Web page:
The normal London Overground passenger service is four trains per hour in each direction, dropping to half-hourly in the evenings. While a parliamentary train service also operated by London Overground runs at 07:59 on Mondays to Fridays from Woodgrange Park to Willesden Junction (no return).[9][10] The line is also used for freight trains to and from the Port of Tilbury[11][12] and the railfreight terminal at Dagenham Dock.[13] c2c's infrequent services to Liverpool Street also pass through without stopping.[citation needed]

London Bus routes 25, 86 and 425, and night route N25 and N86 serve the bus stop just outside the station.[14]

Future proposalsEdit

In common with other stations on the line, usage has greatly increased in recent years, following improvements in train services and the reintroduction of station staff, and peak-hour overcrowding of the two-car diesel trains is now a major issue.[15] Electrification of the Gospel Oak route is now scheduled to be carried out by Network Rail (at a cost of some £115 million) over the next few years, with completion due by 2017.[16]

GalleryEdit

ReferencesEdit

  1. ^ a b "Out-of-Station Interchanges" (Microsoft Excel). Transport for London. 2 January 2016. Retrieved 28 August 2016.
  2. ^ a b c d e "Station usage estimates". Rail statistics. Office of Rail Regulation. Please note: Some methodology may vary year on year.
  3. ^ Standard Tube Map (PDF) (Map). Not to scale. Transport for London. May 2020. Archived (PDF) from the original on 7 July 2020.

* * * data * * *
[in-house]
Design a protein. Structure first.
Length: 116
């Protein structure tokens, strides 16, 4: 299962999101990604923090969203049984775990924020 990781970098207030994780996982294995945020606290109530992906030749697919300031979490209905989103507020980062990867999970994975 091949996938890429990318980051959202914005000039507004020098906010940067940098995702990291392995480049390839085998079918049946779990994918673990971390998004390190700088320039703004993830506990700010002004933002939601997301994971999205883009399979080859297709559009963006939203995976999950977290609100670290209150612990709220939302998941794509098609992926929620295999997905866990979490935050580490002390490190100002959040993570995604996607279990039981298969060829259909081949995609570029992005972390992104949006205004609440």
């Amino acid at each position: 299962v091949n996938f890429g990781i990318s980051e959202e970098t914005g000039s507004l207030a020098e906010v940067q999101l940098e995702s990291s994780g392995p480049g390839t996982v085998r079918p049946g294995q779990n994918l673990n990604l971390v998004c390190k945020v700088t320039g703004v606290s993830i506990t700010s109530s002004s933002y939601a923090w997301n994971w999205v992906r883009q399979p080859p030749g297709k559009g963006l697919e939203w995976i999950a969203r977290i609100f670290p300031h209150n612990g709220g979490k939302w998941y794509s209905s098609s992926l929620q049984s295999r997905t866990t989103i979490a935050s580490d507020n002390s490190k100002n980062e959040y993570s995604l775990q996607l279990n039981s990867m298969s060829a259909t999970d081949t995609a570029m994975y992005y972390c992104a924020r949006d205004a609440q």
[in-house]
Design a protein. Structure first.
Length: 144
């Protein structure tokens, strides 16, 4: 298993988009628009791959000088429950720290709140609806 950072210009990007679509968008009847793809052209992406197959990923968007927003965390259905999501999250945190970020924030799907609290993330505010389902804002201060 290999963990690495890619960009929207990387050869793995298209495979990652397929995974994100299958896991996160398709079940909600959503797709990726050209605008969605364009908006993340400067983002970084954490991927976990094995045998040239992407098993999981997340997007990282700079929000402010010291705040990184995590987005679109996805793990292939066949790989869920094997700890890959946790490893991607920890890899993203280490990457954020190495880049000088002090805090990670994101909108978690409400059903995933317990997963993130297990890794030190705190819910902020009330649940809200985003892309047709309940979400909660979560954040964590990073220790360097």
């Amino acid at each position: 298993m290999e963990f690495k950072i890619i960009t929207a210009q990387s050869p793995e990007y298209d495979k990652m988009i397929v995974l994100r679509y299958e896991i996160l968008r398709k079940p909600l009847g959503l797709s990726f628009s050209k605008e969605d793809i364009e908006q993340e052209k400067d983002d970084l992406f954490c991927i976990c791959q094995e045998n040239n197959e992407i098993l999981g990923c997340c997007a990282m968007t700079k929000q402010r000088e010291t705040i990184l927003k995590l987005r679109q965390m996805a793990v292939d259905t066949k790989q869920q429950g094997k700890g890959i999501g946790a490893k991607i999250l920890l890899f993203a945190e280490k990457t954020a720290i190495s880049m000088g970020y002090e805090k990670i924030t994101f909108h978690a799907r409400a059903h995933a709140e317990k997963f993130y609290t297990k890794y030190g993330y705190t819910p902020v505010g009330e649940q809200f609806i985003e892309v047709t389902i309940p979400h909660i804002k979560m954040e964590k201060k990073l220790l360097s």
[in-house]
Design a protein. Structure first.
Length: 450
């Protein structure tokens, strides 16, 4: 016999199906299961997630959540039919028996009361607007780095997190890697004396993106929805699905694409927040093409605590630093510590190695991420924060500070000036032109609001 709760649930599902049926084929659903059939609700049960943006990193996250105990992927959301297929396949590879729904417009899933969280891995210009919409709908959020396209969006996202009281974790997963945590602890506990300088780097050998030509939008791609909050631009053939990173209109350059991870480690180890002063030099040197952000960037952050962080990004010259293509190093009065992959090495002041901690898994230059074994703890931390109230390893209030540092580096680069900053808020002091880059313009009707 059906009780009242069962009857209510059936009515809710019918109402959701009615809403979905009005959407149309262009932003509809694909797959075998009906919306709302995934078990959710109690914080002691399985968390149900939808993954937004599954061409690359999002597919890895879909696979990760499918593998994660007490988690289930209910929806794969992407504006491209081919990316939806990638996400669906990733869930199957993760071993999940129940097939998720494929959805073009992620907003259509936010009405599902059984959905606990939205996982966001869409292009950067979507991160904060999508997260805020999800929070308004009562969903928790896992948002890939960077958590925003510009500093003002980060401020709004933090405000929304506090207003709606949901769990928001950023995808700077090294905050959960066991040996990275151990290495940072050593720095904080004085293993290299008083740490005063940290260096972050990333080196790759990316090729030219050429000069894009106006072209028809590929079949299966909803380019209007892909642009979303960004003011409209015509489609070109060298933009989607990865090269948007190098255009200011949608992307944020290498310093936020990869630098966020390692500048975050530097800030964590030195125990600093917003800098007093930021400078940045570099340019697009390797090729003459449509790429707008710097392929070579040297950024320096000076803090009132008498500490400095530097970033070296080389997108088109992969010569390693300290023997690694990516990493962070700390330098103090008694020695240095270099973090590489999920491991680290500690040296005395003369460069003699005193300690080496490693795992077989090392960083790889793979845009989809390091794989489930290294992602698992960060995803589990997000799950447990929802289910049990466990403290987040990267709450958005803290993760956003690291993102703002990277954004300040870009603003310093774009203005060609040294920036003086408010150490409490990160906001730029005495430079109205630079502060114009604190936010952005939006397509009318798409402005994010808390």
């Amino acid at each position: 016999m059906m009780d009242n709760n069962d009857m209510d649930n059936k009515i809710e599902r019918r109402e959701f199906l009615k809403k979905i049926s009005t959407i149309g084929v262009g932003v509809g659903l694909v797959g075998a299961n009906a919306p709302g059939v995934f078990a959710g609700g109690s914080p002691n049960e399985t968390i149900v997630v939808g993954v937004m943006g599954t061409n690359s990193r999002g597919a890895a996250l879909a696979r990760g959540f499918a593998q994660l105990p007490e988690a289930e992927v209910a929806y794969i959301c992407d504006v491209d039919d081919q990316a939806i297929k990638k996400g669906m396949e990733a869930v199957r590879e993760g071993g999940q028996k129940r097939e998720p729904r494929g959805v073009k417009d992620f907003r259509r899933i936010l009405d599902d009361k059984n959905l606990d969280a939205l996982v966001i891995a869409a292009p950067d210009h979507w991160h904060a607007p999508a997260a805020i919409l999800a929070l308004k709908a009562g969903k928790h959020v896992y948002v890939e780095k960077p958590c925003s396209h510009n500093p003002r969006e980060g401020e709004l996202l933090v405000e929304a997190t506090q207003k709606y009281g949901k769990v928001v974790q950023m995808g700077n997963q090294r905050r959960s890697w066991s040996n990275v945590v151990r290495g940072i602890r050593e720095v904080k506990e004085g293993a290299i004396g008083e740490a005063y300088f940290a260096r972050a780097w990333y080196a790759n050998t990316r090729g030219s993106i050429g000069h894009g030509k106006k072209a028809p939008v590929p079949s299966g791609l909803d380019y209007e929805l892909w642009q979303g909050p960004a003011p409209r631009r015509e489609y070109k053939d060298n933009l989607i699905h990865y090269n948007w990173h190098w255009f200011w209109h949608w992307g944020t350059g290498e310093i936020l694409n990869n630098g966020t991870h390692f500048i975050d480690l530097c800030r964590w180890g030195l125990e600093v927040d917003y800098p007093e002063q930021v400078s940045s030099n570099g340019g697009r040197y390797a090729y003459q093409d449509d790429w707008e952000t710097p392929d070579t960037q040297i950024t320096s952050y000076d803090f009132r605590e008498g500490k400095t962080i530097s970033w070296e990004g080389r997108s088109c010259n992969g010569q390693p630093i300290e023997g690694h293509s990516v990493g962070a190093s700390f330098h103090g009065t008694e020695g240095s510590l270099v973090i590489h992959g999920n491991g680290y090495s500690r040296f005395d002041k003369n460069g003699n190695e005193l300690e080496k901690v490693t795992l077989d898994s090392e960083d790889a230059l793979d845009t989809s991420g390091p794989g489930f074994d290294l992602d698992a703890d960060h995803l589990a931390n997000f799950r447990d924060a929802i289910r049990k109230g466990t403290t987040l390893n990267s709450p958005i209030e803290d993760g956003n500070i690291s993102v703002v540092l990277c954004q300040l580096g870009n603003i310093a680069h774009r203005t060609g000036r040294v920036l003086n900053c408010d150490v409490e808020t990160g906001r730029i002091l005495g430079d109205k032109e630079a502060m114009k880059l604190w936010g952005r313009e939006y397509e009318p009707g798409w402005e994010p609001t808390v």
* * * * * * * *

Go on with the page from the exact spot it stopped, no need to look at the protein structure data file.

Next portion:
4. ^ "Woodgrange Park Railway Station". Google Maps.
  5. ^ National Rail. "Timetable" (PDF). p. 46. Archived from the original (PDF) on 22 November 2009.
  6. ^ a b c "A Short History Of The Line". Barking - Gospel Oak Rail User Group.
  7. ^ Borley, H.V. Chronology of London Railways. p. 20.
  8. ^ "Woodgrange Park Railway Station". Mapio.net. Retrieved 25 May 2016.
  9. ^ "PSUL 2016". Archived from the original on 24 January 2016. Retrieved 9 January 2016.
  10. ^ "Gospel Oak to Barking timetable" (PDF). Transport for London. December 2014. Archived from the original (PDF) on 13 February 2015. Retrieved 22 March 2015.
  11. ^ "Freightliner services". Low Carbon Freight Dividend. Archived from the original on 24 June 2016. Retrieved 25 May 2016.
  12. ^ Network Rail. "Network Rail WTT LD03 - Tottenham South Jcn to Thames Haven, 16 May - December 2016" (PDF). Archived from the original (PDF) on 5 August 2016. Retrieved 25 May 2016.
  13. ^ Addison, Martin. "Downpour at Dagenham Dock". Geograph.org. Retrieved 25 May 2016.
  14. ^ "Buses from Manor Park" (PDF). Transport for London. September 2013. Archived from the original (PDF) on 7 March 2016. Retrieved 22 March 2015.
  15. ^ Gruner, Peter (25 March 2010). "'Overcrowded' trains danger on Gospel Oak to Barking line". Camden New Journal. Archived from the original on 10 February 2015.
  16. ^ Network Rail (1 February 2016). "Vital work paves the way for electrification of the Gospel Oak to Barking line" (Press release). Archived from the original on 30 June 2016. Retrieved 23 May 2016.

External linksEdit

Preceding station       London Overground   Following station
towards Gospel Oak
Gospel Oak to Barking Line
Terminus
  Disused Railways  
Wanstead Park   Tottenham and Forest Gate Railway   Barking
Wanstead Park   Tottenham and Forest Gate Railway   East Ham